Yes, Instagram has been around for a while, everyone has heard of it, and you may even have an account with photos of your cat or plates full of the finest fare. But have you considered using it as a foundation for your social media marketing and to build a visual brand for your business? According to a study by Forrester, Instagram posts generate 120 times more engagement than their social counterparts.
Think of it as telling your story through images without being tormented with ads, having to say everything in 140 characters or less, or combat new algorithms every few weeks.
As you start snapping photos, keep a few things in mind:
Smartphones are everywhere and used for everything. According to the Pew Research Center, more than half of American adults have a smartphone (a number that's predicted to increase)—and, not surprisingly, this number skyrockets with younger generations. The growing dependence on these mobile wonders, coupled with an explosion of loyalty marketing apps, is great news for small businesses.
While there's nothing wrong with the old punch card, there are so many things right with a digital approach.
Leading your business—keeping it aloft and profitable as you navigate the distance—is often a solitary responsibility. You're in the lead and only you know the direction, right? So you don't dare let anyone else guide the ship. Perhaps it's time to change course.
Human leaders might do well to take a lesson from the birds. A new study of migratory birds flying in a 'v' formation reveals that even when the going gets toughest, the birds swap the lead. The research, from an international team led by Oxford University scientists, followed 14 northern bald ibis migrating from Austria to Italy. Migration is risky, and previous research suggests up to 35 percent of juveniles can die of exhaustion during their first migration. Flying in formation, taking turns in the lead and constantly switching places conserves vital energy for the long haul.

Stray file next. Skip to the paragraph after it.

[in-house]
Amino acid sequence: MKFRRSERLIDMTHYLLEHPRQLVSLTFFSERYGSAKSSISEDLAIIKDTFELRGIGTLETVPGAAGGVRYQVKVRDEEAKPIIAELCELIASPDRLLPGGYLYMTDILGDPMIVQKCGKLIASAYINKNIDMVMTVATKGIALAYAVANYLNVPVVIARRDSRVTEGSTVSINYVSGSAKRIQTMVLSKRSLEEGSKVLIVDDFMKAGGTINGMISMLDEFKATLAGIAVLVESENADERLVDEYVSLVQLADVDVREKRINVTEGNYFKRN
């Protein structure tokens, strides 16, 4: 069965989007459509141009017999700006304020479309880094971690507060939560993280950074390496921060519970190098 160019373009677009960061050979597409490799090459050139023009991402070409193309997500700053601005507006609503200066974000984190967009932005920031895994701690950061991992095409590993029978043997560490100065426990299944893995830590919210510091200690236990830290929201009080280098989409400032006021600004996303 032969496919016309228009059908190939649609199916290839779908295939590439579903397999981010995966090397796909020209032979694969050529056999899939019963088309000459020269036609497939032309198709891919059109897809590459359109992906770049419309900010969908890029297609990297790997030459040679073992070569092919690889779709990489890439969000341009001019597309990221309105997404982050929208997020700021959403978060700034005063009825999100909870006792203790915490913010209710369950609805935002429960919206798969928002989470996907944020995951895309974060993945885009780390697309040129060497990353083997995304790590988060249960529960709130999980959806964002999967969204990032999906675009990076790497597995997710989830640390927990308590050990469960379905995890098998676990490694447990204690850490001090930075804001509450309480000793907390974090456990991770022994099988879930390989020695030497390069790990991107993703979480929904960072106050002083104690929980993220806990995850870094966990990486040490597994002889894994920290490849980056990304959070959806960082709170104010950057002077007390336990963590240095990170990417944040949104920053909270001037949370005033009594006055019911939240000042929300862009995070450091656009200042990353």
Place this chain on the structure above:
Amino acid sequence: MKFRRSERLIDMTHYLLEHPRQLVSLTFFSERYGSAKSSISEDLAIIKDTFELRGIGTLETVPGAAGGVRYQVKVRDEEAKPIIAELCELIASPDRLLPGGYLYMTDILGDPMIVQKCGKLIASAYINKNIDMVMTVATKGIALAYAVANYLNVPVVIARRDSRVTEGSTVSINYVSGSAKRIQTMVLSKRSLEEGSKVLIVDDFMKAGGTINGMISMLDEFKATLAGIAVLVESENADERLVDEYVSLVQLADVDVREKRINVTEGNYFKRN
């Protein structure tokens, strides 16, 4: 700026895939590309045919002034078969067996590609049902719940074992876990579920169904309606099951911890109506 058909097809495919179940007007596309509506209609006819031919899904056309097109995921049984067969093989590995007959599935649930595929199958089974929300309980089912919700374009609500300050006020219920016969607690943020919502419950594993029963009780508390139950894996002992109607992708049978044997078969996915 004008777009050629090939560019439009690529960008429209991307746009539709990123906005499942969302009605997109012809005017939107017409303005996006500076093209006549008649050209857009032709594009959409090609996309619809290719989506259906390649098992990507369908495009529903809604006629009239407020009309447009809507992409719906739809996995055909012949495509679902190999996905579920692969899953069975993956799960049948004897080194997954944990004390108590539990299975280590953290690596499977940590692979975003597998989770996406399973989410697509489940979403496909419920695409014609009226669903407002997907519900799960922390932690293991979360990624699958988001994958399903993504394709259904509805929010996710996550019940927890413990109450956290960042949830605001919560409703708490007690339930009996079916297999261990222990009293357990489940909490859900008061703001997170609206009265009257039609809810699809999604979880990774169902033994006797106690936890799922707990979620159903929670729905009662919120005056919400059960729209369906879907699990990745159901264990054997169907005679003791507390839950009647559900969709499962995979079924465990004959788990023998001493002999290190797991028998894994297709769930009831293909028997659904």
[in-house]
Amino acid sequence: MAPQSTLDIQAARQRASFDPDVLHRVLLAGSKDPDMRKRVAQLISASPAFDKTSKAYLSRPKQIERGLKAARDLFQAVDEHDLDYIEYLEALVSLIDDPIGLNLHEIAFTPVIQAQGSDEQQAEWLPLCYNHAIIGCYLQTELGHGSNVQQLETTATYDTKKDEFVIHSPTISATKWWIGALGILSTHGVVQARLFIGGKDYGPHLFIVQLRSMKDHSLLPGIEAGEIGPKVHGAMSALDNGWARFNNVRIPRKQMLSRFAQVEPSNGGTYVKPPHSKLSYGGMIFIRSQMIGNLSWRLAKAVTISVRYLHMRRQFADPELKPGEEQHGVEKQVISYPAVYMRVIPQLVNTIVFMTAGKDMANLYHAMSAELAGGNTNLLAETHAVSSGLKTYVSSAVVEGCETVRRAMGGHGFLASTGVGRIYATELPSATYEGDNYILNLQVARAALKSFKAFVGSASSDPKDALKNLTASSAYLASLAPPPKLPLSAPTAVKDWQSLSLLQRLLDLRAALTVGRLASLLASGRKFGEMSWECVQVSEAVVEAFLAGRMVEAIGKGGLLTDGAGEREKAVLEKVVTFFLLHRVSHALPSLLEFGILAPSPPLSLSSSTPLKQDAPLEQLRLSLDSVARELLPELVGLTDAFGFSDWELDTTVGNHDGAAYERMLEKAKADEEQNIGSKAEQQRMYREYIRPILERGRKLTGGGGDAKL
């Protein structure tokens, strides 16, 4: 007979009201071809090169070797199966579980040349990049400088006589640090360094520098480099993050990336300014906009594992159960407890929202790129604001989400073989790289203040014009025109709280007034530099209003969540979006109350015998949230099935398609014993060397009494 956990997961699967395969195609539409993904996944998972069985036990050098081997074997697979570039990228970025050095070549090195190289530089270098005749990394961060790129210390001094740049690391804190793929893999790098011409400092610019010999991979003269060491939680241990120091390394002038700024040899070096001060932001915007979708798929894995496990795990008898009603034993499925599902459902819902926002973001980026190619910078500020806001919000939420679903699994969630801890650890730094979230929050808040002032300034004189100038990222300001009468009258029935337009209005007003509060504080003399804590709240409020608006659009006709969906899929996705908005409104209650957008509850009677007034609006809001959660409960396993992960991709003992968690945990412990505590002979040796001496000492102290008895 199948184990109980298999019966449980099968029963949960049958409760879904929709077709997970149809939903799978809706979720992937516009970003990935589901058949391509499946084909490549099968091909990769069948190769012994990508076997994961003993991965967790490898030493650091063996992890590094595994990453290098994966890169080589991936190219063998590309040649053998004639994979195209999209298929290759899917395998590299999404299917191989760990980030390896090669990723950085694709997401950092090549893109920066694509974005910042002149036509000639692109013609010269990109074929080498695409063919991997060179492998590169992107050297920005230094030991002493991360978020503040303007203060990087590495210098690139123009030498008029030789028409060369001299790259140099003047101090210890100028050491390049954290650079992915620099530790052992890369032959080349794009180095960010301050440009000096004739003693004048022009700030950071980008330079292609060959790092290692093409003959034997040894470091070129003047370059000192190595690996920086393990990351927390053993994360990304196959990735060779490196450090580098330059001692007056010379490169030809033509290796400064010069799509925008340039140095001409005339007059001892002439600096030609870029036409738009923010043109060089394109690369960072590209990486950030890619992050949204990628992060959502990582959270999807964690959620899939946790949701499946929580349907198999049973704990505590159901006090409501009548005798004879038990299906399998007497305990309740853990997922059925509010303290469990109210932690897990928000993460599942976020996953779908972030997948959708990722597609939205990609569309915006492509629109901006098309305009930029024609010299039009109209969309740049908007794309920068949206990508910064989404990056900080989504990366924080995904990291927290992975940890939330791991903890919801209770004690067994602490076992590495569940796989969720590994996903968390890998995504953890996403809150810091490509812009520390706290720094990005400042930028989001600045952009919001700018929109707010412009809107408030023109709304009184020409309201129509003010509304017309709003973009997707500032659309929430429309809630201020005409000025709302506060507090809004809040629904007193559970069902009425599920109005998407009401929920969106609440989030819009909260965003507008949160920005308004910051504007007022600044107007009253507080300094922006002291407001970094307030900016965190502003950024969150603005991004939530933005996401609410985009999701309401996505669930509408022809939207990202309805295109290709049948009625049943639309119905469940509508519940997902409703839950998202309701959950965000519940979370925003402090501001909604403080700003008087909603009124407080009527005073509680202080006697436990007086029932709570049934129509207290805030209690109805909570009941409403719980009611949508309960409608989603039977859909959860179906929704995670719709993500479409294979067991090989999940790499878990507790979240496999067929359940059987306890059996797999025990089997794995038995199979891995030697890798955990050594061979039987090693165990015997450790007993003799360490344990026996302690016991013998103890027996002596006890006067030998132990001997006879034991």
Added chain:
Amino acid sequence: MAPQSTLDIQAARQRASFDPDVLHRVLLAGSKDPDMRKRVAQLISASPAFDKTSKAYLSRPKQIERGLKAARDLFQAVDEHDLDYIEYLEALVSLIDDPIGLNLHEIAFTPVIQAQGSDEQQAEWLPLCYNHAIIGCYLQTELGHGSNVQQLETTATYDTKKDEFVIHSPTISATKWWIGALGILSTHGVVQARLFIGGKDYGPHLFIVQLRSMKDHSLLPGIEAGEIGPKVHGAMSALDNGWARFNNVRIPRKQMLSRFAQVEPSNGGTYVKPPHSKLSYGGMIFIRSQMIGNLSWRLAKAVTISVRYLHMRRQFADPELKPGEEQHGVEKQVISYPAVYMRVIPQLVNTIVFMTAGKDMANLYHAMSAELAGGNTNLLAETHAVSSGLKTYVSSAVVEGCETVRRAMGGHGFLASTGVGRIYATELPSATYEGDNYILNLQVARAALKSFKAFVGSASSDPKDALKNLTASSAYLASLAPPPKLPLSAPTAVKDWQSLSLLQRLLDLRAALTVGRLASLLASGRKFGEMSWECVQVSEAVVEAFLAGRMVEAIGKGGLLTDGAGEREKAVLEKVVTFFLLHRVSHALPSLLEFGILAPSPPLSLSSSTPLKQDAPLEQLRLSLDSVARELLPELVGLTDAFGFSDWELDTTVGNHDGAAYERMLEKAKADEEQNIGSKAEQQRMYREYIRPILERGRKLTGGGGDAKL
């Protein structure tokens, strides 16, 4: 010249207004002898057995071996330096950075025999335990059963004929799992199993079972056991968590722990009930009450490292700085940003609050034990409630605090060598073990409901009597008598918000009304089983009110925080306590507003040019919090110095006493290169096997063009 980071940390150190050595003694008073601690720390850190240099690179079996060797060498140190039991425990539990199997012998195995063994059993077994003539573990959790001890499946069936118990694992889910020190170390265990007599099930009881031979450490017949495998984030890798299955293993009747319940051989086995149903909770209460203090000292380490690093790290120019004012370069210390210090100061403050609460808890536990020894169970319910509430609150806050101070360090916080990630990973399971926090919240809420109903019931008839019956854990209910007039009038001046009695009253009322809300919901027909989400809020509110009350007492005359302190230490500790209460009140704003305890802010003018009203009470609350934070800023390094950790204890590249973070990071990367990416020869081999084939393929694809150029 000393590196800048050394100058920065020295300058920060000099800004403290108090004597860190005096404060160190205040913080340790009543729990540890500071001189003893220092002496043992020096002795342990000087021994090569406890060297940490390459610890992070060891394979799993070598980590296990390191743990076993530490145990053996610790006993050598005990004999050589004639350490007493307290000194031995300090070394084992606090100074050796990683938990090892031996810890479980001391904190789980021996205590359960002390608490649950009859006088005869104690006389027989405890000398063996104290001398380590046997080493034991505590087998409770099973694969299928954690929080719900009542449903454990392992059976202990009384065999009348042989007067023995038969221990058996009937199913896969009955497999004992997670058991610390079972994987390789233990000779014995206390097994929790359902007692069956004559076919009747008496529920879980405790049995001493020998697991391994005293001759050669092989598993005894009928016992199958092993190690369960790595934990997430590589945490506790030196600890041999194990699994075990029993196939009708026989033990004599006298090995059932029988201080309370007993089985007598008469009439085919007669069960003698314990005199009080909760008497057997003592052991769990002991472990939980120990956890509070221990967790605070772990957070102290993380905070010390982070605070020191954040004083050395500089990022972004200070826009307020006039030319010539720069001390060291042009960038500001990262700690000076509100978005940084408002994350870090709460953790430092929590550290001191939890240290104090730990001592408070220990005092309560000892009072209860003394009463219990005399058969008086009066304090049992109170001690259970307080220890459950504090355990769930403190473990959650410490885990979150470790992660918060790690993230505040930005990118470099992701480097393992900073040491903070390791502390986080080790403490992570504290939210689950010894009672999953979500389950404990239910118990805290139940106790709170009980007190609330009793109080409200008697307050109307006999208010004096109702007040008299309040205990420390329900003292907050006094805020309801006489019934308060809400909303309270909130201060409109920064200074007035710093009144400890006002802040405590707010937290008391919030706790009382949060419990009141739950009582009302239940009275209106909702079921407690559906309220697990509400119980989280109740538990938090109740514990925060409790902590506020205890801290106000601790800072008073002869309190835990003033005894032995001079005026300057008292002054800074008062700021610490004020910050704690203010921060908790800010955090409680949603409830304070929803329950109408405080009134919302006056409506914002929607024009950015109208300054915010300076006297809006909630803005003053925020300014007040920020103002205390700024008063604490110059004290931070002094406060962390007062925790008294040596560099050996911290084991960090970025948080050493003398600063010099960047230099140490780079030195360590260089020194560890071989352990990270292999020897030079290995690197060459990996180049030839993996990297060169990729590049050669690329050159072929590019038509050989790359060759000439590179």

"Our study shows that the 'building blocks' of reciprocal cooperative behavior can be very simple: Ibis often travel in pairs, with one bird leading and a 'wingman' benefiting by following in the leader's updraft," said the study's lead author, Dr. Bernhard Voelkl of Oxford University's Department of Zoology, in 2015. "We found that in these pairs, individuals take turns, precisely matching the amount of time they spend in the energy-sapping lead position and the energy-saving following position."
Being willing to let others take the lead may reduce unnecessary pressure. And while you're coasting on the efforts of your flock, you can use that energy to study the ever-shifting organizational change going on around you—and reap the benefits! (Manta.com)
You've heard it. Sitting is the new smoking. Chiropractors tell us 'text neck' is a real thing. Our wrists are adorned with smart technology that buzzes us to get up and move. Well, you can quit smoking, but in today's computer-based work world, how do you quit sitting?
Should you invest in a few treadmill desks for your office? Install stand-up work stations? Start holding walking meetings? It's worth considering say new studies that highlight the growing benefits of working out at work. And as it turns out, activity during the workday enhances mental sharpness and reduces stress.
Small budget? Try these:
Crowded places tend to be loud, confusing and chaotic—often causing people to scurry to a more orderly area. Websites are no different. If a site is overflowing with images, colors and giant blocks of unnecessary text, it obstructs customers' views of whatever it is you really want them to pay attention to, and they end up lost in the frenzy. This creates uneasiness and stifles the desire to be there at all.
Bad design is bad functionality, and that equals lost customers. Websites should be uncluttered, easy to navigate and have a clear call to action. (Yes, less can really be more.) Good design is a well-balanced combination of images, copy and whitespace. Concise content and some breathing room between images and text create a welcoming online experience that invites action (a purchase, an email sign-up, etc.).
With just mere seconds to grab their attention, be thoughtful about your approach and make it count.
If I can help a business owner create the brand they're looking for, my job is done.